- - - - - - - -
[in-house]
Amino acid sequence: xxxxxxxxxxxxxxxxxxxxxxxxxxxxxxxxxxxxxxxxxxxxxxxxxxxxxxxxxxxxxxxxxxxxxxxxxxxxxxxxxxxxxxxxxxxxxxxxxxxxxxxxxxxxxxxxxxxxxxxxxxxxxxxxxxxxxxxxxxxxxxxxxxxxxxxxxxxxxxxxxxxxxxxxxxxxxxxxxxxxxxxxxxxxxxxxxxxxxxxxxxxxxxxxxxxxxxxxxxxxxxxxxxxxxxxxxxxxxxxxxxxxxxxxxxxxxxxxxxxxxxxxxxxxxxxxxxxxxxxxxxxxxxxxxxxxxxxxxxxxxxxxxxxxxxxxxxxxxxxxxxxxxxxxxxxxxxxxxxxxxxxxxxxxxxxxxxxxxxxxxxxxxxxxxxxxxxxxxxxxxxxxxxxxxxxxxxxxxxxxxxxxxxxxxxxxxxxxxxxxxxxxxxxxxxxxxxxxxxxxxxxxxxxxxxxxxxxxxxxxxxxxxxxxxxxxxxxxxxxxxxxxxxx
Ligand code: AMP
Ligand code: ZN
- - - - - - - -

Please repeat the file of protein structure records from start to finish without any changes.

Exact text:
[in-house]
Amino acid sequence: xxxxxxxxxxxxxxxxxxxxxxxxxxxxxxxxxxxxxxxxxxxxxxxxxxxxxxxxxxxxxxxxxxxxxxxxxxxxxxxxxxxxxxxxxxxxxxxxxxxxxxxxxxxxxxxxxxxxxxxxxxxxxxxxxxxxxxxxxxxxxxxxxxxxxxxxxxxxxxxxxxxxxxxxxxxxxxxxxxxxxxxxxxxxxxxxxxxxxxxxxxxxxxxxxxxxxxxxxxxxxxxxxxxxxxxxxxxxxxxxxxxxxxxxxxxxxxxxxxxxxxxxxxxxxxxxxxxxxxxxxxxxxxxxxxxxxxxxxxxxxxxxxxxxxxxxxxxxxxxxxxxxxxxxxxxxxxxxxxxxxxxxxxxxxxxxxxxxxxxxxxxxxxxxxxxxxxxxxxxxxxxxxxxxxxxxxxxxxxxxxxxxxxxxxxxxxxxxxxxxxxxxxxxxxxxxxxxxxxxxxxxxxxxxxxxxxxxxxxxxxxxxxxxxxxxxxxxxxxxxxxxxxxx
Ligand code: AMP
Ligand code: ZN